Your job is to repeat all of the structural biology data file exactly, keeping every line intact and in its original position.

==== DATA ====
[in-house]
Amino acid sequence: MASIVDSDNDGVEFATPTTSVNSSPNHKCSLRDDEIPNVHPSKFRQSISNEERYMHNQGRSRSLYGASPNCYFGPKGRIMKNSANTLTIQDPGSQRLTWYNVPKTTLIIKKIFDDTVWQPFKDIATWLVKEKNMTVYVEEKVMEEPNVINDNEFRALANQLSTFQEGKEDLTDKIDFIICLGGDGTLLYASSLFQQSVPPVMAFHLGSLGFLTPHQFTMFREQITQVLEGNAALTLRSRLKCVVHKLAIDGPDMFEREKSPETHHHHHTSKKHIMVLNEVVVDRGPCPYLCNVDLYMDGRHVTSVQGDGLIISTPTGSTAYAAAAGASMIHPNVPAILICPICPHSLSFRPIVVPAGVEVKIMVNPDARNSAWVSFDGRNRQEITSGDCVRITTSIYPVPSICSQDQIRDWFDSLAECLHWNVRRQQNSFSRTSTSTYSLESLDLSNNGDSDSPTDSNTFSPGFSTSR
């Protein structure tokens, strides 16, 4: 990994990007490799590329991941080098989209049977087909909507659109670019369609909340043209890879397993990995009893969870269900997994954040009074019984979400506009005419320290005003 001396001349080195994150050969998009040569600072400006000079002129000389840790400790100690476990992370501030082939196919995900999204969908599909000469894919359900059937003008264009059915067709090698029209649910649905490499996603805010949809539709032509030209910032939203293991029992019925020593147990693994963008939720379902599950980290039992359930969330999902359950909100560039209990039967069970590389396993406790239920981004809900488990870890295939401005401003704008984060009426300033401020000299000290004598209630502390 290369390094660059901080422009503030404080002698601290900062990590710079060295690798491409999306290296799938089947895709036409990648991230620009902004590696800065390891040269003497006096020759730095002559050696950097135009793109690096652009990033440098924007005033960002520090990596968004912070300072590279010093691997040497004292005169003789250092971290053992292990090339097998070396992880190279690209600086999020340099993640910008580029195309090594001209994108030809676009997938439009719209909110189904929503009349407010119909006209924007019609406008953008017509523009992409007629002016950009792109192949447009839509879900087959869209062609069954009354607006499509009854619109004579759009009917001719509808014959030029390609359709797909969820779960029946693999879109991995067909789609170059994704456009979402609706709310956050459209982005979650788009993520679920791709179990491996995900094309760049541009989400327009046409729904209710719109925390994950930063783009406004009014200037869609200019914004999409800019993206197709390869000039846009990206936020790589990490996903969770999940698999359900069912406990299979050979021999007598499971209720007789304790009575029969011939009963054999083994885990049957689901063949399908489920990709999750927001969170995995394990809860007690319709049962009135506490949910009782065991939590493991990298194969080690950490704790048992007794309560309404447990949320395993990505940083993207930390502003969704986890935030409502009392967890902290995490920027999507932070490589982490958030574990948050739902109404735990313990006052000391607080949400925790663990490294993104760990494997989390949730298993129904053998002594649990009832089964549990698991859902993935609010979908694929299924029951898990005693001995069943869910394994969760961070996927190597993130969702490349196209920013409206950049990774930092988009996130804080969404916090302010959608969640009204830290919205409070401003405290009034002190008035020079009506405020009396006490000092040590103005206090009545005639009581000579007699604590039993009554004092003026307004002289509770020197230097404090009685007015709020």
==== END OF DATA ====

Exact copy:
[in-house]
Amino acid sequence: MASIVDSDNDGVEFATPTTSVNSSPNHKCSLRDDEIPNVHPSKFRQSISNEERYMHNQGRSRSLYGASPNCYFGPKGRIMKNSANTLTIQDPGSQRLTWYNVPKTTLIIKKIFDDTVWQPFKDIATWLVKEKNMTVYVEEKVMEEPNVINDNEFRALANQLSTFQEGKEDLTDKIDFIICLGGDGTLLYASSLFQQSVPPVMAFHLGSLGFLTPHQFTMFREQITQVLEGNAALTLRSRLKCVVHKLAIDGPDMFEREKSPETHHHHHTSKKHIMVLNEVVVDRGPCPYLCNVDLYMDGRHVTSVQGDGLIISTPTGSTAYAAAAGASMIHPNVPAILICPICPHSLSFRPIVVPAGVEVKIMVNPDARNSAWVSFDGRNRQEITSGDCVRITTSIYPVPSICSQDQIRDWFDSLAECLHWNVRRQQNSFSRTSTSTYSLESLDLSNNGDSDSPTDSNTFSPGFSTSR
């Protein structure tokens, strides 16, 4: 990994990007490799590329991941080098989209049977087909909507659109670019369609909340043209890879397993990995009893969870269900997994954040009074019984979400506009005419320290005003 001396001349080195994150050969998009040569600072400006000079002129000389840790400790100690476990992370501030082939196919995900999204969908599909000469894919359900059937003008264009059915067709090698029209649910649905490499996603805010949809539709032509030209910032939203293991029992019925020593147990693994963008939720379902599950980290039992359930969330999902359950909100560039209990039967069970590389396993406790239920981004809900488990870890295939401005401003704008984060009426300033401020000299000290004598209630502390 290369390094660059901080422009503030404080002698601290900062990590710079060295690798491409999306290296799938089947895709036409990648991230620009902004590696800065390891040269003497006096020759730095002559050696950097135009793109690096652009990033440098924007005033960002520090990596968004912070300072590279010093691997040497004292005169003789250092971290053992292990090339097998070396992880190279690209600086999020340099993640910008580029195309090594001209994108030809676009997938439009719209909110189904929503009349407010119909006209924007019609406008953008017509523009992409007629002016950009792109192949447009839509879900087959869209062609069954009354607006499509009854619109004579759009009917001719509808014959030029390609359709797909969820779960029946693999879109991995067909789609170059994704456009979402609706709310956050459209982005979650788009993520679920791709179990491996995900094309760049541009989400327009046409729904209710719109925390994950930063783009406004009014200037869609200019914004999409800019993206197709390869000039846009990206936020790589990490996903969770999940698999359900069912406990299979050979021999007598499971209720007789304790009575029969011939009963054999083994885990049957689901063949399908489920990709999750927001969170995995394990809860007690319709049962009135506490949910009782065991939590493991990298194969080690950490704790048992007794309560309404447990949320395993990505940083993207930390502003969704986890935030409502009392967890902290995490920027999507932070490589982490958030574990948050739902109404735990313990006052000391607080949400925790663990490294993104760990494997989390949730298993129904053998002594649990009832089964549990698991859902993935609010979908694929299924029951898990005693001995069943869910394994969760961070996927190597993130969702490349196209920013409206950049990774930092988009996130804080969404916090302010959608969640009204830290919205409070401003405290009034002190008035020079009506405020009396006490000092040590103005206090009545005639009581000579007699604590039993009554004092003026307004002289509770020197230097404090009685007015709020």